On the Investment side what led me to syndication though was when I was in college, I was pretty much saying, ‘Oh, I don’t want to like live the normal nine to five life.’ I need a way out of this and start researching real estate, you know, the Rich Dad, Poor Dad, all that. And then eventually it led me to a meeting of RIA meeting out here on Long Island, and I met a syndication group and I went to their three-day seminar where they went through syndication A to Z, and I fell in love with syndication. That’s where I met my mentor. And that’s the person who I started investing with on the LP side, and it all led up to that eight units GP. Since that point, I haven’t been too active. I’ve made a few investments in LP since then, but at this point, just kind of waiting for us to be putting this property on the market.
Don: I know we already discussed that on previous shows. You know the difference between LP and GP, but I’m sure some people are going to listen to that, and they’re not going to understand really what we’re talking about if they’re new to all the terms. First of all, I like it that your first deal was an LP so you invested with somebody else, and then we’re going to talk about that, but first, how about you give us a brief explanation about the difference between limited partner and a general partner and then the way that a syndication process works.
Thomas: Yeah. So, the limited partner and investment, you’re the passive investor, you’re the silent partner or the money partner some different terms people say. You’re investing with the general partner, and you’re not taking an active role in the business or the investment. You’re just kind of sitting back and collecting your check. I think the biggest aspect for a limited partner when you are investing is to understand who the general partner is, what their track record is, do they have experience with the assets and just have an overall idea of what market you’re investing in that can be pretty important. But for the general partner side, the general partner to deal they are responsible for putting the entire deal together from A to Z.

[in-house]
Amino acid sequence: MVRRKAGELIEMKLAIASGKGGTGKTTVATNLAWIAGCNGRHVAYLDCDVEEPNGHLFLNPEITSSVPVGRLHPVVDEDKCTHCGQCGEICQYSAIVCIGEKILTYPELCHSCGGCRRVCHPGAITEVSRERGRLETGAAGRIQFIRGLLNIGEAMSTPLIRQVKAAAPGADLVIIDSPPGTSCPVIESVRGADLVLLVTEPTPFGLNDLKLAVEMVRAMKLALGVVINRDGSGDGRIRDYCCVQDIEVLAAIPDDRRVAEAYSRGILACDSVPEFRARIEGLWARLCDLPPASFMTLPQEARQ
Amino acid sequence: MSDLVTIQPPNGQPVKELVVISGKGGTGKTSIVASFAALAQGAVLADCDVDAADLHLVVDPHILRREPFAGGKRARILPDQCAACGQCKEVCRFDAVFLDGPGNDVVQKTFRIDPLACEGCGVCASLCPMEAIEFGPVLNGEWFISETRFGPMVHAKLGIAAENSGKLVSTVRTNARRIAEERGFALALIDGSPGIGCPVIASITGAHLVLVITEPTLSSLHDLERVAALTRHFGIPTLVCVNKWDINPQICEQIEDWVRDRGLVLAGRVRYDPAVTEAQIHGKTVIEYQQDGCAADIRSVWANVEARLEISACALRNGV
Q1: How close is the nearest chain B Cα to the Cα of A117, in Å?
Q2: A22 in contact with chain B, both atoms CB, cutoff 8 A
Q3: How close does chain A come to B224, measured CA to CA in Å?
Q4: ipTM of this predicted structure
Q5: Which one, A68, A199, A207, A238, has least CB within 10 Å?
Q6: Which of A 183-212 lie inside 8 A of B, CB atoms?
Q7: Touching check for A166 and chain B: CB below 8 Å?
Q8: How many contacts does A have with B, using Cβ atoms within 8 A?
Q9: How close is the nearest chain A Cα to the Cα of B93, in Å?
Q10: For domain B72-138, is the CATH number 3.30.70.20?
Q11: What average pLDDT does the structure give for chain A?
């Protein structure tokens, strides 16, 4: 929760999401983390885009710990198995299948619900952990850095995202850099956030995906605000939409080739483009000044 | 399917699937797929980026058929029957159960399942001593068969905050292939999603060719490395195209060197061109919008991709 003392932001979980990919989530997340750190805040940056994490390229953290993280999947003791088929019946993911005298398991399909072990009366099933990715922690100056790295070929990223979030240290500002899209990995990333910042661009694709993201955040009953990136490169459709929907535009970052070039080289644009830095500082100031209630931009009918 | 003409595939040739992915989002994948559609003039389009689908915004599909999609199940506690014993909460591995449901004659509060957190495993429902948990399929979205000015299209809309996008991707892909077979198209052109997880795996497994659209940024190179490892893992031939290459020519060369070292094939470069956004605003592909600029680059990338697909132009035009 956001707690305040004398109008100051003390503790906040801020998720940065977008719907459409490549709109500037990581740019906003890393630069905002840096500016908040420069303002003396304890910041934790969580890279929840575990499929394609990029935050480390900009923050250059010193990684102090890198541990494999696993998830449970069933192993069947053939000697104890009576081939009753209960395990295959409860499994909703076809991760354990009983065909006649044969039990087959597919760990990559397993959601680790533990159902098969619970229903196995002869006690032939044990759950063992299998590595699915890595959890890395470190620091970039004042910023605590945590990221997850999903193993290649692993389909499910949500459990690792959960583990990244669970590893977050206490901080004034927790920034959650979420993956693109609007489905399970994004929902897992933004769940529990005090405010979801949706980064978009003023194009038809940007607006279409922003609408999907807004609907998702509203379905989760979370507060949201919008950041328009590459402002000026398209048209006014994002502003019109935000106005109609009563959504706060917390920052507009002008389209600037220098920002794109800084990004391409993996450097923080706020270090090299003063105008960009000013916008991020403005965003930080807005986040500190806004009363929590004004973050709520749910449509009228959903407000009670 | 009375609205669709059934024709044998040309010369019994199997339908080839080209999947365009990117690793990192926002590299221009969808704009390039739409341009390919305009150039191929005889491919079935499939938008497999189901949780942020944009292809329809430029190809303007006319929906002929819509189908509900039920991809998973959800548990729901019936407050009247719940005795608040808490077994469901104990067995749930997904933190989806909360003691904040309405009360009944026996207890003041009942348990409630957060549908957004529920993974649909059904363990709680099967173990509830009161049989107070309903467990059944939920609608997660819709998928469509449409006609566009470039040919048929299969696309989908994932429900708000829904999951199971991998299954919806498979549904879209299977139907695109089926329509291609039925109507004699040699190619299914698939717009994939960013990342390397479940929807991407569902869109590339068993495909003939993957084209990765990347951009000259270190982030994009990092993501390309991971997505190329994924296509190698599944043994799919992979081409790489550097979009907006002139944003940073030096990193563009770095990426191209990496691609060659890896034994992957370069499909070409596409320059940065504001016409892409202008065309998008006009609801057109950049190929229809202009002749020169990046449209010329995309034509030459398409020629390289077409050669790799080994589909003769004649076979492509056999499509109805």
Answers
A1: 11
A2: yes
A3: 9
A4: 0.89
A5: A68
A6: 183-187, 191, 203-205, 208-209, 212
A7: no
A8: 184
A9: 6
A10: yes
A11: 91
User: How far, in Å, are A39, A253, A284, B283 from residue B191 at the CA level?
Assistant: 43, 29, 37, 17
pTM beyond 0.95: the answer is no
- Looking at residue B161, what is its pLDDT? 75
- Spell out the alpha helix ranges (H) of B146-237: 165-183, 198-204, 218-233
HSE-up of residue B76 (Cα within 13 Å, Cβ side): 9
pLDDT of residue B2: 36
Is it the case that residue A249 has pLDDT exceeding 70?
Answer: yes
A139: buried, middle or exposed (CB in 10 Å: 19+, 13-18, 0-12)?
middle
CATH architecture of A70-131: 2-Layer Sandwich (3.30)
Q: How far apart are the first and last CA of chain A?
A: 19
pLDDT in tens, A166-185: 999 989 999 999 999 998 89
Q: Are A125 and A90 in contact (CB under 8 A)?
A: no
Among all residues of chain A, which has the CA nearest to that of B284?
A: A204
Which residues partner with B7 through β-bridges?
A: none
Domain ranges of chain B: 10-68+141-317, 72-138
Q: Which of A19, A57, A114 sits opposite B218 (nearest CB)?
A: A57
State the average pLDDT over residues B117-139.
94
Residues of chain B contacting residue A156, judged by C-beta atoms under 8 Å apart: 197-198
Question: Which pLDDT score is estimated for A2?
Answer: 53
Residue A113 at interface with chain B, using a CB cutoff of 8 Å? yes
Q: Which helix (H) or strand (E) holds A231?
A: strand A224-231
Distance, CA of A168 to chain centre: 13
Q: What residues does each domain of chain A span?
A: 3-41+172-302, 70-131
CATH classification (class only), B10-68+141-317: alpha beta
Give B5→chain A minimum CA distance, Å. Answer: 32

So, it’s finding the property, going through the acquisition process, including due diligence, and then ultimately overseeing the property management than any renovation plans you have for the property, that entire processes and ultimately selling it. They’re also responsible for raising the capital from investors, the LP’s and making sure that they are handling Investor Relations properly communicating with their investors. They’re also responsible for getting the debt financing working with a bank or perhaps to Fannie/Freddie or mortgage brokers, however, we’re going to go about getting that loan, that is their role. They’re pretty much responsible for the entire thing, which is why as a limited partner, when you don’t have that control when you don’t have that management, say, it’s very important to know who you’re dealing with on the general partnership side.
Don: Yeah. And I would like to add a few things. So as a limited partner, the advantage is that you’re passive and so you don’t have to worry about too many things. So, the only time you have to worry about is when you’re getting into the deal. You have to do some research, you have to know the market, just like you said, that’s pretty much it. You invest the money and you should be getting some nice returns. I always say that if I wanted to retire, I would just invest all my money as a limited partner with other people that I trust and just go to a cruise or something and just have fun forever because you get good returns. You could get, I would say 15%. It’s pretty normal to get on a yearly basis. If you know who you’re investing with, and you have experienced and you could even get a 20% return on an IRR based on for five years. So that’s the advantage as a limited partner.